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Ortonville, Minnesota
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January 13, 1998     The Ortonville Independent
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January 13, 1998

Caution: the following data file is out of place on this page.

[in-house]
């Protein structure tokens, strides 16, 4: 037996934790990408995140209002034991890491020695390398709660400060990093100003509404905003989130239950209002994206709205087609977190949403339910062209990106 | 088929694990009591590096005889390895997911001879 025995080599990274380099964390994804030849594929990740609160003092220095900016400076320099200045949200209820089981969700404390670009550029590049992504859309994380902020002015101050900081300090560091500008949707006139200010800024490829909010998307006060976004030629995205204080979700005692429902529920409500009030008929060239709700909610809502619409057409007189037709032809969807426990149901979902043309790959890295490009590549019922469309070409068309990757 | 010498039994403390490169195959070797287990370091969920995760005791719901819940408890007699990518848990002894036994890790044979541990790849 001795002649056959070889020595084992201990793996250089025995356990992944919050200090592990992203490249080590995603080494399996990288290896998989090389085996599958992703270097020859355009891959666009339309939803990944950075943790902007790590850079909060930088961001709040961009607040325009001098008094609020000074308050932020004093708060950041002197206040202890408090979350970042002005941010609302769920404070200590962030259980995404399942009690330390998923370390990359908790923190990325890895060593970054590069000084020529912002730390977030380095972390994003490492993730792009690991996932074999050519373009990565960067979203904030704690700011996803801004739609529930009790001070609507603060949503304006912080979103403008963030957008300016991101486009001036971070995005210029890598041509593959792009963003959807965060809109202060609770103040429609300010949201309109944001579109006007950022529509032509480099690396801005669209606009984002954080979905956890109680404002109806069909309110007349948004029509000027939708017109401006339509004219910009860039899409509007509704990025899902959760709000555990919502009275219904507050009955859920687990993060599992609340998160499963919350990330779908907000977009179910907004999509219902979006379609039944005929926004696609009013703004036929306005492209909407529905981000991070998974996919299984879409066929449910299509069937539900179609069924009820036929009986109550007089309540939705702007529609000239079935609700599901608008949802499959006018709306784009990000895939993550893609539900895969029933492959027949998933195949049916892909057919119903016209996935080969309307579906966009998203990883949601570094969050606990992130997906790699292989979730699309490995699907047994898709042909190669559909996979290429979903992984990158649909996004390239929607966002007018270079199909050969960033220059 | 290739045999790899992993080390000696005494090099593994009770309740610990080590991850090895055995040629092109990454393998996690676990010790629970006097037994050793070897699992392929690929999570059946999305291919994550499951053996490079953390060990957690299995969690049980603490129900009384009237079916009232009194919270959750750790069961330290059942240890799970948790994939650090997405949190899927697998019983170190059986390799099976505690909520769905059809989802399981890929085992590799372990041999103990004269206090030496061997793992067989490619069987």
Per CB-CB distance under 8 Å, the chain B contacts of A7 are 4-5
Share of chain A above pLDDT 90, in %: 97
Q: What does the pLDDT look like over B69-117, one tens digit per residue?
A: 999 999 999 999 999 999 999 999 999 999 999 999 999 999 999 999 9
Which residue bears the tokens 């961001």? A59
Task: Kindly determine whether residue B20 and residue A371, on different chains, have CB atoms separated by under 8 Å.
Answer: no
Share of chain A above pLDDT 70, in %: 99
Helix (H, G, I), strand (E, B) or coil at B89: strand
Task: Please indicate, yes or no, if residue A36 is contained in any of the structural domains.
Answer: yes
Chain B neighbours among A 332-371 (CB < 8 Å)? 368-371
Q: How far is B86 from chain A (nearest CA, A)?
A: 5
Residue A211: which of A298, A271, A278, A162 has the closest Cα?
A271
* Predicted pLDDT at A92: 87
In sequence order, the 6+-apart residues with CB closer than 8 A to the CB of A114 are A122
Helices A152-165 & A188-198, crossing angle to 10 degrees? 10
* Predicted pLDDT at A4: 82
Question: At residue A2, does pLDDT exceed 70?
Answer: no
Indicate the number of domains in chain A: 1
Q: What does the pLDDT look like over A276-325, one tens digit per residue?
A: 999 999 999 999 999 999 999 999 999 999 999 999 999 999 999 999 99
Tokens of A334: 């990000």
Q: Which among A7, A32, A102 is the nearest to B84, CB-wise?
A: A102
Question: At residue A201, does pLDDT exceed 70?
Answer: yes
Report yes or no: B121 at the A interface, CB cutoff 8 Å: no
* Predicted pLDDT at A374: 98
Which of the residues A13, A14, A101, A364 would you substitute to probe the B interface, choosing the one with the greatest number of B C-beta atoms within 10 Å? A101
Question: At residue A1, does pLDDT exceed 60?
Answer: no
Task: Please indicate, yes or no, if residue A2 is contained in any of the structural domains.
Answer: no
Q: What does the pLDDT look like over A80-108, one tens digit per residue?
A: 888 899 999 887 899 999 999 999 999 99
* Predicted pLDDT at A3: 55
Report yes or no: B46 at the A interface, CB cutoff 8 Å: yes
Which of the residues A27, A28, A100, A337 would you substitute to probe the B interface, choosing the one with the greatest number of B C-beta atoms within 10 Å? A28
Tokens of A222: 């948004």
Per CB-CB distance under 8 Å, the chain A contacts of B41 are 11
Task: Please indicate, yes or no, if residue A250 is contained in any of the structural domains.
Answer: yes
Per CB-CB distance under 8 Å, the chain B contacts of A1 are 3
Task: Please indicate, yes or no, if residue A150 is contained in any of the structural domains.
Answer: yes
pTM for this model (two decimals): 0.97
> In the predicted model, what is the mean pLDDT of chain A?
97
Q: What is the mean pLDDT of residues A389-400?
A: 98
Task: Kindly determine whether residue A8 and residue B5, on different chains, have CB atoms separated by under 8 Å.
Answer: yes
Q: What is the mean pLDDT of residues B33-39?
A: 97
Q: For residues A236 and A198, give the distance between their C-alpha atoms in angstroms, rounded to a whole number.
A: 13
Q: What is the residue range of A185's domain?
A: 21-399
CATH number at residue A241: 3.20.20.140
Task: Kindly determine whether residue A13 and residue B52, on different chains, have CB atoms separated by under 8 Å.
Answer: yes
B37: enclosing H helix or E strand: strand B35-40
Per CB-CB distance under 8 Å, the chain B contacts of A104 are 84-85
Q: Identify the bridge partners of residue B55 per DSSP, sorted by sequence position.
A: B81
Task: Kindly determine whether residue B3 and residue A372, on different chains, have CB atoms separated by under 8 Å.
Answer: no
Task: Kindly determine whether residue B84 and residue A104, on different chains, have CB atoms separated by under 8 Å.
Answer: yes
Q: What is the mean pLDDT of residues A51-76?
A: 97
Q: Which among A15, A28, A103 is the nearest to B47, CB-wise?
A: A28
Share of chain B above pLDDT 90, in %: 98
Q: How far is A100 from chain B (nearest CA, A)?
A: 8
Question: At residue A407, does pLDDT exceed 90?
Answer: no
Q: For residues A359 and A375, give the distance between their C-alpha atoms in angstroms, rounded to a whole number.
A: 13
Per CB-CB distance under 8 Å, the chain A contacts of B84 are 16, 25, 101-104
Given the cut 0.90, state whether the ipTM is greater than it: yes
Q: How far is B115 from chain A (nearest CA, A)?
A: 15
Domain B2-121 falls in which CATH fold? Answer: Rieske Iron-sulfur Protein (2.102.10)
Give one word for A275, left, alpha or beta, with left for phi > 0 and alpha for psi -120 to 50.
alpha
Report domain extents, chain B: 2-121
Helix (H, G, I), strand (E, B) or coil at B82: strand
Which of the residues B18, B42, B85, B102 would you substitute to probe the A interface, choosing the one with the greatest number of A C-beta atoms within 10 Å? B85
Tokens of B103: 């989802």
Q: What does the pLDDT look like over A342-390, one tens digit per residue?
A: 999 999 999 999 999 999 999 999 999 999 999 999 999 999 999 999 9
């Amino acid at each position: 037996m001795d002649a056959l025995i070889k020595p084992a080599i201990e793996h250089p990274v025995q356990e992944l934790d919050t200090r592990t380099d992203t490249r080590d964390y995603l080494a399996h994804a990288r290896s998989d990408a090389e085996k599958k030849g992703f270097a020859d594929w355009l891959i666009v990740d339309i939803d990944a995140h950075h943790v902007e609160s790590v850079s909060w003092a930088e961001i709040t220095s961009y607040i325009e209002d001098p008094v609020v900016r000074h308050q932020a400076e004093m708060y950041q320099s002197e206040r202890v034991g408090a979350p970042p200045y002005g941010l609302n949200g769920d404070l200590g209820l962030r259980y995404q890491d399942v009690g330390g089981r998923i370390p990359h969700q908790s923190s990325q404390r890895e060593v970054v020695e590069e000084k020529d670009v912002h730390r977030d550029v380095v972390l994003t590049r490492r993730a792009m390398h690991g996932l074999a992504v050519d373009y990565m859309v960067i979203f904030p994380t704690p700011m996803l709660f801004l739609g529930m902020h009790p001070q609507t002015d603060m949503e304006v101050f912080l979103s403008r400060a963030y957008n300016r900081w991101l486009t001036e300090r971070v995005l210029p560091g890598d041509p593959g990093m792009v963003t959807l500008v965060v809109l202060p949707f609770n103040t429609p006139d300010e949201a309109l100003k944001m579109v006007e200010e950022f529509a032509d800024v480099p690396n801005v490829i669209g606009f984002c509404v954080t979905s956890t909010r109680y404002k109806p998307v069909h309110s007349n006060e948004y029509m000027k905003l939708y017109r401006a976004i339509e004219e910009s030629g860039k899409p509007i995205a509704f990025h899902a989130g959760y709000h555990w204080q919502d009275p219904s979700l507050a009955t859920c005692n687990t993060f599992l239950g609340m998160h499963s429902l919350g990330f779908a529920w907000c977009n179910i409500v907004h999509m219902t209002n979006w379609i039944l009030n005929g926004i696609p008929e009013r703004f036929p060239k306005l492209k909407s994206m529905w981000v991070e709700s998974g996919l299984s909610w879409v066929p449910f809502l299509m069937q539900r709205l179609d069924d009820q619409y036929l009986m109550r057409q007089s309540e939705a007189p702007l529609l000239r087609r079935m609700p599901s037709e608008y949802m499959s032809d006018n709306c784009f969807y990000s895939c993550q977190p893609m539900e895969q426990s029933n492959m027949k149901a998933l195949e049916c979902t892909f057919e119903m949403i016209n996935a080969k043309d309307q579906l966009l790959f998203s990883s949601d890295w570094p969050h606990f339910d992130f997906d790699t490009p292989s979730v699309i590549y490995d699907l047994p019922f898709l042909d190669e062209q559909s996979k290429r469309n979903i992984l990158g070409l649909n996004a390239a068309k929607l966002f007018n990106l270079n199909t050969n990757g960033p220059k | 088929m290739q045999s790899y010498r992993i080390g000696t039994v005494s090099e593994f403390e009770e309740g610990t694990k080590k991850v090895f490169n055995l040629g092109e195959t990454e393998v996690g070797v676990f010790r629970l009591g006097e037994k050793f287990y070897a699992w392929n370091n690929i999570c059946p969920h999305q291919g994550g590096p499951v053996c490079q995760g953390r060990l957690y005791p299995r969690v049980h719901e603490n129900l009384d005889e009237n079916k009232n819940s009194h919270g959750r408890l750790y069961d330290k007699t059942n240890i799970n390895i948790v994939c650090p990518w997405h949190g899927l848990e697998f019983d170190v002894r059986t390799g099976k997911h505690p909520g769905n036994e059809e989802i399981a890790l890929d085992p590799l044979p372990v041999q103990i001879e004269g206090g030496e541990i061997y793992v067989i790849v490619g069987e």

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Editorial comment Ort GUEST EDITORIAL... Underage tobacco use is big problem Underage tobacco use in Big Stone County is a big problem. Studies show that lifetime tobacco addictions generally start before the age of 18. The youth in Big Stone County who are smoking today are likely to be addicted tomorrow. It's estimated that one-third of them will eventually die from smoking- related illnesses. That's too many unnecessary, preventable deaths. So what can we do about the problem? There's a new law in Minnesota to make it more difficult for minors to purchase tobacco. The law requires all tobacco vendors to be licensed, bans self- service of single packs of cigarettes and spit tobacco so that minors have to interact with a clerk in order to buy, bans vending machines from establishments which admit minors, and provides penalties for merchants who sell to minors and for minors who try to purchase tobacco. The state law is one of the most comprehensive in the nation. But the law(s) alone won't keep tobacco from our kids. We must all do our part to make sure our kids can't buy tobacco. This means making sure our stores check ID each and every time they sell tobacco, thanking our merchants who make an extra effort not to sell to kids, informing store managers immediately if we see a violation of the law, and making sure vending machines are removed from areas where minors are allowed. We must also inform our children about the law and its penalties as well as the serious health consequences of smoking. And,we should serve as good role models for our children by either being smoke free or not using tobacco in the presence of our children. Let's work together to make 1998 the year our kids can't get tobacco. For a free tool kit with information on what you can do to help keep tobacco out of the hands of kids, contact the American Cancer Society at (612) 925-2772 or 1- 800-582-5152. -Dorothy Gmiterko, Communications Chairperson Big Stone County Unit of the American Cancer Society BIG STONE COUNTY 4-HERS who participated in the horse judging contest are left to right, front row: Kirstin Koch, Kendra Koch, Jessica Chase; back row: D.J. Hggerty, Sam Chase and Coach Tracy Kellen. Not pictured are Amber Bailey, Kristin Weber and James Thompson " Precious treasures theme Of CWC on Jan. 20th Ladies, a "Precious Treasures" Morning Coffee awaqts you next Tuesday, Jan. 20, 1998, 9 to 11 a.m. at Zion Church, Highland Highway, Ortonville sponsored by Ortonville area Christian Women's Club. "Fashions From Generations Past," presented by Ann Lundberg of Ortonville will be the special feature for the morning. The unique and beautiful styles from yesteryear will be modeled by lovely young women oftla'e present. Ann, retired rcretary, from the Ortonville High School, continues using her secretarial skills in another capacity. "Oldies, But goldies" music will be furnished by Amelia Propp of Clinton, a farm wife and mother of four, is well known for using her singing abilities in this area since high school. "Golden Toughts Never Tarnish" will be the theme for Marilyn Moorlach's talk Marilyn is from Brandon, SD where she is a wifeL mother t6 fou SnS, g grandoiher, /t is a coronary care nurse. Invite a friend and make you3- reservations by calling Ruth (320) 839-3546 or Violet (605) 862-8500 by Saturday noon, Jan. 17, 1998. Free nursery is available on site by calling Ruth at the above number. Cancellations by Monday noon, Jan. 19, 1998. Tickets are $3 inclusive. IF YOU DON'T SEE WHAT YOUR LOOKING FOR HERE, TRY... www.adquest.com CLUES ACROSS CLUES DOWN 1. Containers 4. Collection 8. Deity 9. Inorganic substance 10. Bulges 13. Small, tropical American tre 14. Priest's vestment 15. Can't move 17. Pulsate 19. More than a few 21. Escape 22. Gallery 23. Gardener 24. Alliaceous plants SOLUTIONS ACROSS 1. Suffrage activist 2. Feline 3. Coal formation 4. Getaway 5. Robbers 6. Of agriculture 7. Cowards, slang 11. Swab 12. Frocks 15. Edibles 16. South American country 18. Helicopter part 20. Heroism SOLUTIONS DOWN 1. Sacks , 4. Library 8. Satyr 9. Mineral 10. Nodules 13. Icaco 14. Alb 15. Pareses 17. Throb 19. Several 21. Outflow 22. Lanai 23. Yardman 24. Ramps 1. Susan B. Anthony 2. Cat 3. Seral 4. Lain 5. Bandits 6. Agria 7. Yellowbellies 1 I. Dab 12. Saris 15. Pabulum 16. Surinam 18. Rotor 20. Valor C 1980003 i __ ONCE AGAIN . . . MANY THANKS Recent new and renewal sub- scribers to The Independent which we gratefully acknowledge with thanks for your loyalty: Loranee Hamann Marie Tague Norma Swenson Leslie T. Olson Floris Thieike David Klepel Frances Fridgen Mrs. Pete Classen Maurice Johnson Donald Moorhead Mark & Linda Gere Big Stone Environmental Services Gag Olson Mark Kunde Chuck Homan Patrick Soreusen Pat Gores George Schlagel David Schlagel Dwayne Koehntopp Sylvia Cushing Charles Maletta Berniece Hintz David Gruenwald Agnes Pomerenke Kenneth Hansen Joe Strei Lynne Gutzman Elayne Fahlgren Dorothy Gmiterko Ernest Gerjets Vi Mehlhop Ed Holker Jim & Cindy Nelson Ervin Herrmann Conrad Herrmann Clarence Hillman Robert Kvatum Martha Kuefler Ethel Anderson Harold Dimberg Brian Dimberg Alan Dimberg Dear Readers: In the last 5 years I've been swamped with requests for computer systems. In the past I've given them namely to physically challenged individuals because I felt this group needed the technological edge more than anyone else. What I propose to you now is a contest in which I will award the winner $1,500 to purchase the computer of his or her choice. Please answer in approximately 500 words or less this statement: If Percy gave me a computer, my life would change for the better because..." Address your response in care of "KEYBOARD FRENZY", P.O. Box 39000 C, Mpls., MN 55439. The winning entry will be published during the month of April 1998. May the most deserving person win! Dear Mr. Ross: Twenty-two years ago my girl friend and I made a serious mistake. I was 17, she was 16 and we thought we were in love. A baby girl resulted from our demonstration of love and we were forced apart. OuJ baby was later given up for adoption and that's the last contact I had with either of them. That is until a week ago. My daughter, now of age, made contact with her birth mother. After an exhaustive search, they contacted me. I've never experienced such mixed emotions. On one hand, I'm excited over the prospect of being reunited-hardly a day goes by that I don't think of them. On the other hand-I got on with my life. I'm happily married and have 3 children of my own. My daughter and her mother live in the same city, 1,600 miles from where I live. They want me to fly in for a visit. My wife and children know nothing about this aspect of my past. I'm so torn. For $600 I could go visit for 2 days but would have no way of explaining the absence of the money. I could tell my wife I was going on a golf weekend with the guys, but could not justify spending $600 doing that. I'm in a real dilemma, but with your financial help, I believe I could have the best of two worlds. Mr. P. L .... Journal Newspapers, Arlington, VA Dear Mr. L.: I could never condone lying to your wife by sending $600. What I will do though is send $300. That way you either a) tell your wife the truth and cover the balance or b) buy a one way ticket. In either case, I think the woman you married will come out ahead. Dear Mr. Ross: Let me give you the definition of stress. My mother broke her hip and had to move in with me until she's well enough to get around on her own. I have a husband and 2 children. Even though we have the room, it has been nothing but chaos. My youngest son has a severe form of asthma. My mother is a smoker-a heavy smoker who has only recently cut down to two packs a day. You guessed it. Since my morn moved in I've had to take my son to the emergency room twice because of an asthma attack. I know it's the smoking that triggered it. My mother becomes very defensive every time I tell her not to smoke in the house. My husband told me if she doesn't quit smoking he's going to place her in a nursing home. I was wondering if you'd send me $250 for the Nicoderm patch. She'll be here for another 4 weeks and with the holidays and added hospital bills I don't have any spare cash. I think if she can have the nicotine without smoking we can make it through this stressful time. Mrs. B. D .... News Herald, Le Sueur, MN Dear Mrs. D.: You know who I feel for in this situation? You. You feel the need to please your mom and your husband, yet protect your son. Who looks after you? I've included an extra $50 for a total of $300. Buy yourself some soothing music and bubble bath-it could be a long 4 weeks. Editor's note: You may visit Percy Ross' web site at www. thanksamillion, corn Write Per O, Ross, P.O. Box 39000- B, Minneapolis, MN 55439. Include your phone number and the name of this publication. All letters are read. Only a few are answered in this column; others may be acknowledged privately. Extension report John Cunningham, Connty Extension Director 839-2518 or 1-800-279-2518 LIVING SNOW FENCES CAN CUT SNOW REMOVAL COSTS~ PROVIDE CRP BENEFITS Gary Wyatt, Extension Educator in Watonwan County prepared the material for this week' s column. Deep snow drifts on rural roads often go hand,in-hand with winter in Minnesota, costing local and state governments millions of dollars for snow removal. Planting trees and shrubs is one way to reduce those COSts. Total state, county and township budgets for snow removal averaged $113.5 million per year from 1992 to 1995. During the 1996-97 winter, total snow removal costs at these levels was more than $220 million. One way to prevent large snowdrifts in the future is to plant "living snow fences." These are trees and shrubs planted according to a specific design in farm fields next to roads that tend to drift heavily. A living snow fence slows the wind and causes snow to pile up in the field, rather than on the road. An eight-foot-tall single row of shrubs stored 21 tons of snow per lineal foot of row in a field near Redwood Falls, Minnesota last winter. The shrub row was 544 feet long and stored approximately 11,400 tons of snow. The average cost of snow removal is $3 per ton so, in this case, the shrub row saved over $34,000 in snow removal expense for the nearby highway. A federal government program established as part of the 1995 Farm. Bill offers landowners an incentive to establish living snow fences to reduce II potential snow drifting on roads. The program is called the "Continuous Conservation Reserve Program (CRP)". It pays landowners to establish living snow fences, with the payment based on cash rental rates for specific soil types. Almost all lmadowners are eligible for this program if their land is next to a road where snow drifting occurs annually. There is no competitive bid process,.but the land must have en farmed at least two out of the last five years. Payment to landowners is based on cash rental rates for the soil types that make up the land, and are available for up to ten years. In south central Minnesota, the cash rental prices can easily range from $90 to $100 per acre. Cost-sharing for up to 50 percent of the planting expenses is also available. The main challenges in establishing a living snow fence involve Aocation of tile lines, management of broadleaf post- emergence herbicides, and potential planting delays in the spring due to snowdrifts in the field. Meeting these challenges is a matter of proper planning and crop management. The living snow fence program under Continuous CRP is offered through Farm Service Agency (FSA) and Natural Resource Conservation Service (NRCS) offices in each county. Program details are available from these offices. The benefits of this program are more than just landowner compensation. There are benefits to neighbors, the community, and the county in the areas of safety, aesthetics, economics and wildlife. Page 4 00INDEPENDENT The Ortonville Independent Publisher JAMES D. AERCHEI Managing Editor SUZEI"TE KAERCHER-BI Editor & Advertising Sak BRIAN BASHAM Editor/Photographer NIKKI UTCH-KEL Ad and Pnnting Consulll ROBERT FULLER Plant Manager ARLENE WlESE Office Manager KATHIE LANTIS Computer and Composition St TAMMIE GIESE Compositor/Receptionk PHIL BLAKE with e scc pOT e: perin rme( ist. 7 lon. iThie hal !!y ] [uist hielk kistm etito  Sis., , Sis. iville. ie n, i nice Layout _je sc BILL DWYER & BOB SHhon. Pressmen 00R,ST2NOVA00 i Camera Department NANCY SCOBLIC i Collater eeeee Tues.,Jan. 13, 1998 Vol. 79; Conu E Periodcab Postage Pa at Oaule SUBSCRIPTION F $25.00 per year in Bi Parle, Traverse and Minnesota, Grant and Roberts in South Dakota: $29.00 for counties in Minnesota Dakota. All others, $33.00 per Postmaster: Send address The Ortonville Independent, Ortonville, Minnesota 56278. 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The for other errors or connection with an stdctly limited to advertisement in any advertisemenL DEADUNES Church notes - Saturday mail Display ads - Friday mail Correspondence - Monday Pictures - 5 p.m. Fndey News - Friday afternoon Classified ads - Friday noon (Any ad brought in later will be classify.) OFFICE HOURS Monday: 8 a.m.-5 p.m. A Tuesday: 8 a.m.-12:30 p.m.; A Wednesday: 8 a.m.-12 noon A Thursday: 8 a.m.-12:30 A Friday: 8 a.m.-12 noon 1-5 A Holidays Letters to the editor community issues are Letter wdters should be Independent reserves the and/or condense paper also reserves the publish letters that are which it might be held legally Letters should contain printed or typed name, address and telephone Addresses and telephone not be published. Letter writers are asked: themselves to one letter Please keep letter bdef, over 350 words, and to the I AD vs. NEWS The Ortonville lnde determining what is advertising is news is based on one simple If an individual business zation charges for event, for an item or for a be considered advertising. words, "If you charge, we Advertising is the newspaper. Without it a would cease to exist. The paper receives for single paper sales is used ink and paper used in product. It no paper cost increases, tt cost of ink and a small paper used. Advertising to a crops and livestock to farmers; products to the grocer; and underwear to the soft-line t and plows and tractors to the dealer. Without any of particular business business. ADS: We reserve the any advertising Justify our decision. POLICIES A News: Our goal is to re as fully and accurately staff's opinions will opinion page. A Editorials: page, whether locally written, from other sources is and our readers. editor are her own and those of other staff members. expressed in items from tions may own-views, but are general interest. Call 320-839-6163 320-839-3761 to place claaslfled advertising Ortonville Independent. Tuesday, Jail.